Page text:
St. Paul University Surigao July 8, 2008 4:30-6:00 PM Career Orientation
How to Make a Career Choice When You Have No Idea What You Want to Do
What is Career Planning?
Career planning is a lifelong process, which includes choosing an occupation, getting a job, growing in our job, possibly changing careers, and eventually retiring.
There are hundreds of career options out there. How do you make a career choice when you don't really know what you want to do?
Does it seem like an insurmountable task? It's not. Yes, you will have to put some time and energy into making your decision, but your effort will be well worth it in the end.
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Career Planning: A Four Step Process
The career planning process is comprised of four steps.
T he first step in choosing a career path is to learn a little more about yourself. What do you like? What is important to you? What are you good at? Before you can find a career that is right for you, you have to know who you are.
Gather information about yourself ( self assessment )
Before you can make a career choice you have to learn about yourself. Your values, interests, and skills, in combination with certain personality traits, will make some careers especially suitable for you and some particulary inapproprate. You can use self assessment tools, often called career tests (e.g. NCAE), to gather this information and, subsequently, to generate a list of occupations that are deemed appropriate. Some people choose to have career counselors or other career development professionals administer these tests.
Figure out where your career interests are by asking yourself:
Where do my interests lie?
What do I do well and enjoy?
What kind of personality do I have?
What's really important to me?
What are my values?
Explore the occupations in which you are interested
Research the industries in which you would like to work
Research the Labor Market
During this phase of the process, you will:
Identify possible occupations
Evaluate these occupations
Choose both a short term and a long term option
You will develop the steps you need to take in order to reach your goal, for example:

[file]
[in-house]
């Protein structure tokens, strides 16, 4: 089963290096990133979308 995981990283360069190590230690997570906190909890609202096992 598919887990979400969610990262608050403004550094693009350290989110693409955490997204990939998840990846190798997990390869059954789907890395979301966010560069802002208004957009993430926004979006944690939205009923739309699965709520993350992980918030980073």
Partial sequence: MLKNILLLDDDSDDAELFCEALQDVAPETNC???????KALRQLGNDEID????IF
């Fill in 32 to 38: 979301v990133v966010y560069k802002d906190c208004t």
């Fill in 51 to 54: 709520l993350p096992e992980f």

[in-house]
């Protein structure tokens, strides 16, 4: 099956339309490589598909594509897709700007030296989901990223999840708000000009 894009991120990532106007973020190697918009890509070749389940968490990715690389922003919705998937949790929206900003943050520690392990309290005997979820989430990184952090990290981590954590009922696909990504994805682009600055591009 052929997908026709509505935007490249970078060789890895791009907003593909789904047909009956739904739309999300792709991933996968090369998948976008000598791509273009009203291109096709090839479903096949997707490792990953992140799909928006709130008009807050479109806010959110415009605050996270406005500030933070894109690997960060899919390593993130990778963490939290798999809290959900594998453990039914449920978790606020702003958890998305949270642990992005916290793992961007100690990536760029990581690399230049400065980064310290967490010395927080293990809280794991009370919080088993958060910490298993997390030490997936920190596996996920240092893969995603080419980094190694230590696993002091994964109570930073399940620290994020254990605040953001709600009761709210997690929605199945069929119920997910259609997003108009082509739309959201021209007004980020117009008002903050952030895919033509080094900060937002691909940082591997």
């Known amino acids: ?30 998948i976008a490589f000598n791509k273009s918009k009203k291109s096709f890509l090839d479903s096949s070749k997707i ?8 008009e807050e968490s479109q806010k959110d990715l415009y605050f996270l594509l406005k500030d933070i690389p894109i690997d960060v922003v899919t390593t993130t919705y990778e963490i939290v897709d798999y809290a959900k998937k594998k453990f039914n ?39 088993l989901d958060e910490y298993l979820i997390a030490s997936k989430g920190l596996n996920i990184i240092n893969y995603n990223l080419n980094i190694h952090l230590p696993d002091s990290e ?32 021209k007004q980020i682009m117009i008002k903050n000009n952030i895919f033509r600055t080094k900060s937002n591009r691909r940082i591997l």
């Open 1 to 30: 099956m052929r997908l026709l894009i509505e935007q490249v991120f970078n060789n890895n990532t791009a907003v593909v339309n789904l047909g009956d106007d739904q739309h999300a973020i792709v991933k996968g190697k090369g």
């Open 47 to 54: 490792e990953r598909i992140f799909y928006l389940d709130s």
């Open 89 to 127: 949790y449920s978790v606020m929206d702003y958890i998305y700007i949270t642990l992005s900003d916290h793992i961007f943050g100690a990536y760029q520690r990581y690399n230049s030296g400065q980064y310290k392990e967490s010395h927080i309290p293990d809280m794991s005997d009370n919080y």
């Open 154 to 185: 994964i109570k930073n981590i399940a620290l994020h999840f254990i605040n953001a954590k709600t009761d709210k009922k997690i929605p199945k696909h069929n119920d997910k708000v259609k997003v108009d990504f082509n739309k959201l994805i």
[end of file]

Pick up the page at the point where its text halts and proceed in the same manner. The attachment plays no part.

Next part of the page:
Investigating sources of additional training and education , if needed
Developing a job search strategy
Writing your resume
Gathering company information
Composing cover letters
Preparing for job interviews
is to sort out your priorities for a career.
some of your strong preferences may start to emerge. You might learn you don't want to be in an office environment. Or you might find that your interest in art wouldn't sustain a career, so you cross those types of jobs off your list. Whatever it is that you learn about yourself, you're making important discoveries that will help you choose a good career when the time comes.
Most importantly, keep it all in perspective: You don't have to live forever with any career decision you make in these phases of student career planning. Most people change careers several times during their lives, so the first job you choose right after college probably won't be your career 15 or 20 years from now -- unless you want it to be. So don't put too much pressure on yourself to make the perfect decision, and always keep your eyes open.
What do you want to get out of life?
W ork values are those values that relate specifically to the amount of satisfaction we get from our career. But our values pervade all aspects of our life. We don't leave them at the office when our work day is done.
What's Important to You?
E veryone has values . Values are our beliefs and principles about what is really important or worthwhile, and they guide our behaviours and the choices we make throughout life. Our values are influenced by a number of things, such as upbringing, family, home life, culture and education.
What Turns You On?
I t only makes sense that your career will provide more enjoyment and a greater sense of fulfilment if you find the work you do interesting. So it's a good idea to begin your self-exploration by finding out where your interests lie. "What turns you on" is a great start to discovering what is going to make you happy.
Look over the lists of occupations generated through your use of the self assessment tools. They are probably rather lengthy. You want to come up with a much shorter list, consisting of between five and ten occupations. Circle occupations that appear on multiple lists. Circle occupations you may have considered previously and that you find appealing. Write these occupations down on a separate list titled "Occupations to Explore."
Make a List of Occupations to Explore
For each occupation on your list, you will want to look at the job description, educational and other requirements, job outlook, advancement opportunities, and earnings.